Gamestyle Archive Intro: every now and again a game would slip through the grasp of the producers and marketeers that defied logic. In an era of blockbusters and tiresome adventures, rip-offs or repackaged ideas few things stood out, or even today stand the test of time. In Katamari Damacy we have a title that ticks all the boxes and is utterly bonkers yet brilliant, and original.
Remember the website Lik-Sang? A great resource for all things weird and wonderful. This review still contained the original links which used to make Gamestyle a little revenue to cover our costs. Ah, the innocent days of the internet and when the world was that little bit larger. An NTSC review by JJ from September 2004.
Remember when gaming was meant to be fun? How many releases have you enjoyed recently? So many games and yet so very few that entertain or stimulate. Katamari Damacy is different – in fact it’s unique – and comes courtesy of Namco, a developer that has struggled to find any form of late.
The story of Katamari Damacy is pretty far out. Imagine a Monty Python styled presentation, bathed in ’60s flower power and you’re almost there. It’s certainly bizarre, and with good reason, as you and your culture are not from Earth – your king (a dominating presence) visits from time to time, and manages to ‘litter’ the terrestrial environment. However, the main reason for thrusting the young prince onto foreign soil is far more bizarre; your foolish family has managed to destroy the stars and all the constellations. The only way to repair the sky is to visit Earth and collect objects. These can be anything from creatures to everyday items. The king transports these offerings into the sky where (fingers crossed) a star or constellation is revived – and on any given night you’re released, there’s a whole load of stars up there. Yet the beauty of Katamari Damacy comes not from fighting, exploration or trading, but from rolling a ball (known as a katamari) that captures anything within its path. A brilliantly simple idea, and one that’s perfectly executed. Akin to rolling a snowball, initially larger objects will refuse to join the moving shape. The race is on at the beginning of each level to build up your katamari’s size – and as fast as possible – for only when it has reached a critical mass can you snare the larger items (thus boosting its size yet again). And with each level being timed, set against predetermined sizes to succeed, you need to keep moving and thinking.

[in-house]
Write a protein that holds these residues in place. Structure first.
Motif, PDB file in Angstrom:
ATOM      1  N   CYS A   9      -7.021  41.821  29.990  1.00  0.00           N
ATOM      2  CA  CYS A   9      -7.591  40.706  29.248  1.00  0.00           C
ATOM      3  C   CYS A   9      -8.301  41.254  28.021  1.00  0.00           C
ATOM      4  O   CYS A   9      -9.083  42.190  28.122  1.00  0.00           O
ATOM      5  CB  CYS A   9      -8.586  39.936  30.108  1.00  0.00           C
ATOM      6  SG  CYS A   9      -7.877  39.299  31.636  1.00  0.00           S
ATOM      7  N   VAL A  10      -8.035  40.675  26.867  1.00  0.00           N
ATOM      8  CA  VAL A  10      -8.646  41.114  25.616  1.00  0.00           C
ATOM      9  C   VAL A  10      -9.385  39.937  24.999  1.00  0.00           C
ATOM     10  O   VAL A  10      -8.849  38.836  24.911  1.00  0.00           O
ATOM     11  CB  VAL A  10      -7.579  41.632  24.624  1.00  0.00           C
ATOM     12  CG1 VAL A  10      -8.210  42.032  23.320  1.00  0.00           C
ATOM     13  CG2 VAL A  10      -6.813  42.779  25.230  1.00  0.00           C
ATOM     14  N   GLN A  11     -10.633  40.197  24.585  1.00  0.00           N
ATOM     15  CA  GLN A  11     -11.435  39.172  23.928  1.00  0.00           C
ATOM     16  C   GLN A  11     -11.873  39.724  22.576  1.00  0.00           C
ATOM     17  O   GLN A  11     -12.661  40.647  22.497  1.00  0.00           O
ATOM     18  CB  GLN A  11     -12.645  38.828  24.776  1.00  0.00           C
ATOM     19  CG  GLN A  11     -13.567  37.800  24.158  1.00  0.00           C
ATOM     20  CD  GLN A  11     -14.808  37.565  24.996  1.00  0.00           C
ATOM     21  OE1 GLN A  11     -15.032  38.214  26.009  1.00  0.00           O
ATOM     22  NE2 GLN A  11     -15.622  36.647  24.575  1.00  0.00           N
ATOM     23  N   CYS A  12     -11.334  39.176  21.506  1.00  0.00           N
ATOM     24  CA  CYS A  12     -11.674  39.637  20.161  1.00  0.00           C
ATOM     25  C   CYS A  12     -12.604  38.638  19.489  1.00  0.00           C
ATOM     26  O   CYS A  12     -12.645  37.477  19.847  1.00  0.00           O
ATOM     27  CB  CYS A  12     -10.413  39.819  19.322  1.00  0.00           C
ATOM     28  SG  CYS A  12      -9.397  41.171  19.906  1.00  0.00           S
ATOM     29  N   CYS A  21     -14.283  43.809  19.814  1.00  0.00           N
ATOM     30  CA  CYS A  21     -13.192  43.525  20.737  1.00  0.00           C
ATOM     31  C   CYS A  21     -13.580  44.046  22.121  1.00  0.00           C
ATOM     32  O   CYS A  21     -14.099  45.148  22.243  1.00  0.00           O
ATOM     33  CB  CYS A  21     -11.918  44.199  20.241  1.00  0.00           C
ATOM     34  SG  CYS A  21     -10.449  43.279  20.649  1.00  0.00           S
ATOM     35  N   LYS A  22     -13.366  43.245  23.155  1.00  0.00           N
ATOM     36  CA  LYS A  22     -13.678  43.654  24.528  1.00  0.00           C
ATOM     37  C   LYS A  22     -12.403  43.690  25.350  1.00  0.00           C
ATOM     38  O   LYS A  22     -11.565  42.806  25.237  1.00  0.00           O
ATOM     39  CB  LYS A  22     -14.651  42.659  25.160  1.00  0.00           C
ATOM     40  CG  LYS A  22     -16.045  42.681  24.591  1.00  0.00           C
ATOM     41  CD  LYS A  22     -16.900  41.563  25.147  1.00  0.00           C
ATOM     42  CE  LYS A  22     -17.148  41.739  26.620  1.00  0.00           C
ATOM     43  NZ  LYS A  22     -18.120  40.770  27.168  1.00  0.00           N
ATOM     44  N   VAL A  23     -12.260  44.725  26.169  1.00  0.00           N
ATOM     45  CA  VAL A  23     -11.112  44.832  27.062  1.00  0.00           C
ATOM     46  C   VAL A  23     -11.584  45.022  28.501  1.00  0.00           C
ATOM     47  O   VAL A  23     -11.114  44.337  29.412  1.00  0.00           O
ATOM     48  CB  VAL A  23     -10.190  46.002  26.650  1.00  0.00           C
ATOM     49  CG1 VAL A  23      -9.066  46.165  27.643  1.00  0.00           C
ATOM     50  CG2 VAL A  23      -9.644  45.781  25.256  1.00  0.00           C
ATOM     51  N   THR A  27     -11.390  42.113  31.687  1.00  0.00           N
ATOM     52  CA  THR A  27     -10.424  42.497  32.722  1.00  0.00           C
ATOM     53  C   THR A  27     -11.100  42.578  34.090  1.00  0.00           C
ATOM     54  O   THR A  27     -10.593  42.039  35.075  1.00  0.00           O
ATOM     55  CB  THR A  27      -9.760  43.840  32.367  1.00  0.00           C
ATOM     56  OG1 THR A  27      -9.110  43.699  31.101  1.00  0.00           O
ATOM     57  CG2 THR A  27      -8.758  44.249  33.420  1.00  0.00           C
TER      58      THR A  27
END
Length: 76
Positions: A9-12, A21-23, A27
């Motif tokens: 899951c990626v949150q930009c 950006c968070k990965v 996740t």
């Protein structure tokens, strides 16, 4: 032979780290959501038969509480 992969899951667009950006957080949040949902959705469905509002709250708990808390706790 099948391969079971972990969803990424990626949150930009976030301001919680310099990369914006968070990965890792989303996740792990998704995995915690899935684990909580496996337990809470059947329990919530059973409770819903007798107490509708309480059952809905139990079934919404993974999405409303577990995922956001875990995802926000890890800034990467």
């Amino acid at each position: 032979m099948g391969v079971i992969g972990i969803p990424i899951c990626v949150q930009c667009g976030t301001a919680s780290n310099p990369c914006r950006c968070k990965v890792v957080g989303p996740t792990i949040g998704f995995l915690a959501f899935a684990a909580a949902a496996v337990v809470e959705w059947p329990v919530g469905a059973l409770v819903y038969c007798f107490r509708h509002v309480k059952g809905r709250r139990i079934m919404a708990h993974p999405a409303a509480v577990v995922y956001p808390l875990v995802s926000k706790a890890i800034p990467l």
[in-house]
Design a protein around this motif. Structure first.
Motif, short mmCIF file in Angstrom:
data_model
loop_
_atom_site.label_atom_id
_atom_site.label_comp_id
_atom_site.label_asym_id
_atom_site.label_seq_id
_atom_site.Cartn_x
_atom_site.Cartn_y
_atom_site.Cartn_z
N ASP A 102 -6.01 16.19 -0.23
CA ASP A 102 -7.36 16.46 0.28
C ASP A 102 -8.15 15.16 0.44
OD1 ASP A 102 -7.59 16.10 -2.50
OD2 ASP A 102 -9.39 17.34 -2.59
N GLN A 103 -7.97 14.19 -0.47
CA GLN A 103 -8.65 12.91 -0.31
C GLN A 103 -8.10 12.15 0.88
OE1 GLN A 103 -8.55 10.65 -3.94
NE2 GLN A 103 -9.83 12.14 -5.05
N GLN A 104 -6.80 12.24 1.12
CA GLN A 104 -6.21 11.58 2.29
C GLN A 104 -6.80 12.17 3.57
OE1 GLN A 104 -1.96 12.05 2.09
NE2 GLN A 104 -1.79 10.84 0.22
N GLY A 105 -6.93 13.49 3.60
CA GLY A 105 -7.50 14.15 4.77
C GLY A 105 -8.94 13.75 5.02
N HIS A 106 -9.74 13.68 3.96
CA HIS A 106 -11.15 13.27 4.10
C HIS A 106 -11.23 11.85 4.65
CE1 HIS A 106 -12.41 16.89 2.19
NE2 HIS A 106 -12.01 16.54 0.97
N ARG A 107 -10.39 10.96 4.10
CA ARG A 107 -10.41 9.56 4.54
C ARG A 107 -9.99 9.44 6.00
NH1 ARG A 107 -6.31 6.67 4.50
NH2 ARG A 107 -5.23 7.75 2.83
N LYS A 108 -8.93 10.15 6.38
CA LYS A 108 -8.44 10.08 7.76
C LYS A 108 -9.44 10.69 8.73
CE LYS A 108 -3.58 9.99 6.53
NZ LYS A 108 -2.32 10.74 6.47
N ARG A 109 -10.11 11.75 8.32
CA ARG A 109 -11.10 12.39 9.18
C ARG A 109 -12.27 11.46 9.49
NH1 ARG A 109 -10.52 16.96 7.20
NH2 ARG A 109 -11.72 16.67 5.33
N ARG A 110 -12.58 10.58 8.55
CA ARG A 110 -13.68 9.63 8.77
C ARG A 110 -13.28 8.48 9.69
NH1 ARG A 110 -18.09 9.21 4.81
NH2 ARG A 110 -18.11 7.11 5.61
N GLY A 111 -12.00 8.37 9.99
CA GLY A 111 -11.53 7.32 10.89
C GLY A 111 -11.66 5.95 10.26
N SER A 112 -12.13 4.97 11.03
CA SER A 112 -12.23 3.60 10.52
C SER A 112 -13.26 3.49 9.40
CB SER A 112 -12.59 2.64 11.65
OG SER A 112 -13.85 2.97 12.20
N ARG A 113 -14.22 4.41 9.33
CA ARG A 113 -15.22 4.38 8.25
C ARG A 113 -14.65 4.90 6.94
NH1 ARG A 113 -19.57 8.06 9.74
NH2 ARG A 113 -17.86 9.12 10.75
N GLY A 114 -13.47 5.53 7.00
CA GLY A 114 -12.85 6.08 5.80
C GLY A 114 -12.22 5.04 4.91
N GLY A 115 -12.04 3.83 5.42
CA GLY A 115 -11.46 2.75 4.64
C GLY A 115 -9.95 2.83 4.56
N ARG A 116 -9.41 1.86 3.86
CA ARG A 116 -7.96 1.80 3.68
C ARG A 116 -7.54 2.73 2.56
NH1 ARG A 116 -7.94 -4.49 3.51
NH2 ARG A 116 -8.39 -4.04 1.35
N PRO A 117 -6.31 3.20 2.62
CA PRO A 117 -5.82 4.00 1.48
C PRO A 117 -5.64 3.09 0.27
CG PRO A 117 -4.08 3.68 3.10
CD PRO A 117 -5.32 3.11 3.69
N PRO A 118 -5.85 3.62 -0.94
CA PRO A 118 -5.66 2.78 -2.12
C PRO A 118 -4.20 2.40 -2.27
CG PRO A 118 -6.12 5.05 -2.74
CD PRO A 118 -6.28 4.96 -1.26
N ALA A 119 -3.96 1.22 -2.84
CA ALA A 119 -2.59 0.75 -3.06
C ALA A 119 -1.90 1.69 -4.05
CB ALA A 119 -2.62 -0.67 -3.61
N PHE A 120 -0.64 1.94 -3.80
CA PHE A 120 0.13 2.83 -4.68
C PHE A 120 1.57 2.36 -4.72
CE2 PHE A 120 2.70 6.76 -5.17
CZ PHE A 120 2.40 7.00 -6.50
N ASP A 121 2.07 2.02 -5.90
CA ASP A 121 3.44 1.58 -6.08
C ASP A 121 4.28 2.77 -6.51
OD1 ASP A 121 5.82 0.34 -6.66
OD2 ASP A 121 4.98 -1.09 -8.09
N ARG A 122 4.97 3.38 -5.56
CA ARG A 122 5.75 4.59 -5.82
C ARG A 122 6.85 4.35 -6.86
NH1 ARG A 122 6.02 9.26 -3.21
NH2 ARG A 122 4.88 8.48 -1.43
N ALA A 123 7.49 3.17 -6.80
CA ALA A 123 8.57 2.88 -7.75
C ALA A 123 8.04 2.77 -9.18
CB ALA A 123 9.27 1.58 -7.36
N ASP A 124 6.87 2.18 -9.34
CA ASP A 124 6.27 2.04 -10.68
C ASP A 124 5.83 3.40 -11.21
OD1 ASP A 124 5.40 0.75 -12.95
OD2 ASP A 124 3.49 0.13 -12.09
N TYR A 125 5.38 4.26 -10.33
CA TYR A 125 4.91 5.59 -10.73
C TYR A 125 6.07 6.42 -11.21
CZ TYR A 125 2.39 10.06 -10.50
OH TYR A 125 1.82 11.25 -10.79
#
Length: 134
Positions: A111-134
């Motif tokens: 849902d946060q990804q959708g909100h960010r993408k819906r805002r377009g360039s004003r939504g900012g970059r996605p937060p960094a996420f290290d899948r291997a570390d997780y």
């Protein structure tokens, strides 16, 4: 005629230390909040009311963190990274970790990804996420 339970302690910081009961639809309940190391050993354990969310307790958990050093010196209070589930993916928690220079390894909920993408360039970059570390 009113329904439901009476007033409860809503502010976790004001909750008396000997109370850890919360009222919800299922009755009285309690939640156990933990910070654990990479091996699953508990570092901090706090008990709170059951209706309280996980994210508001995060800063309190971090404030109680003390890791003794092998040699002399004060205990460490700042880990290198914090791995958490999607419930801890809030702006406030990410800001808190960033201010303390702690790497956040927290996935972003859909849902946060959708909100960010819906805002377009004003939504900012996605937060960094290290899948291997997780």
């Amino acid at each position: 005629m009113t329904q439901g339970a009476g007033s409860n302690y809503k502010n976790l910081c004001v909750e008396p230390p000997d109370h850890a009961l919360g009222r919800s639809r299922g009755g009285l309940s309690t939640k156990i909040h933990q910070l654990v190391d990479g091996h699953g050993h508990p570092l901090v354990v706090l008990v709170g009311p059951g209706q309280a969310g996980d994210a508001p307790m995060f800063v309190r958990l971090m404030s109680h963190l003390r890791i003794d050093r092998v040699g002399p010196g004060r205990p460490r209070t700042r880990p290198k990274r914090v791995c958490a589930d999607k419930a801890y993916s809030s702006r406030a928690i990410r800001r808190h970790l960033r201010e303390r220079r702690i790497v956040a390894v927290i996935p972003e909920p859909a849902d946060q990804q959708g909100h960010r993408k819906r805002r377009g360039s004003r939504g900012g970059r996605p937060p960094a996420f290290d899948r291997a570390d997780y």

The control system relies mainly upon the dual analogue sticks being pushed in unison: what initially seems limited gradually allows for control of the katamari with a fair degree of flair and precision. The introduction allows you to practice and memorise all the options available – as the katamari attracts bigger objects, many of these are not able to be rolled (pencils for instance), so this affects your handling. The wrong object can prove to be a major hindrance as you try to negotiate obstacles across each level, so the game rewards logical thought – as well as practical rolling. Katamari Damacy can be very challenging (and the king proves to be quite demanding). However, there is no actual way of ‘failing’ the game – you may fail to reach a prerequisite size or number of items, but the game will record your efforts nonetheless. And there is nothing stopping you from returning to a previous level to try again, locate secret areas, or just add more stardust to the sky. In a similar vein to Magic Pengel, Katamari Damacy isn’t going to win audiences through ‘minimalist’ presentation, but it does have a unique visual treatment of its own. Gamestyle has already touched upon the outrageous concept – which includes some mind-boggling cutscenes, unusual grasp of English and a truly wonderful soundtrack. Eye-gouging detail isn’t everything as the game instead opts for vibrant objects that all seem to be carved from wood. This allows each level to be coated in a range of colours (amid a ‘magical carpet’ of objects) for your katamari.
Then, as mentioned, you have the glorious soundtrack – it’s been a while since Gamestyle has enjoyed such disturbingly good tunes. So much so that we even contemplated purchasing the soundtrack on its own. In an age of orchestral overkill, it’s good to know that madness (bordering upon genius?) has a place in gaming. If The Boredoms (ie, obscure Japanese band) had to compose a videogame soundtrack, then this might well have been the result. This gem has a few negatives – yes, the camera at times can be annoying, and the collision detection a little dubious – but the main criticism is the playing time, as it concludes all too soon. You want this adventure to continue indefinitely (although, given its addictive qualities, you can always go back). And for a twenty-dollar purchase in the States, it represents outstanding value.
A major shame then, that Namco has yet to confirm a European release date. Outside of the main story mode, there are options to view all that you’ve collated, as well as competitive play against a friend. Not that Gamestyle doesn’t have friends, but we were so taken with the main mode that a versus match didn’t even get a look-in. Apologies then, but even without it, Katamari Damacy is one of those games that will hold a special place in your heart for years to come.
Gamestyle Score: 9/10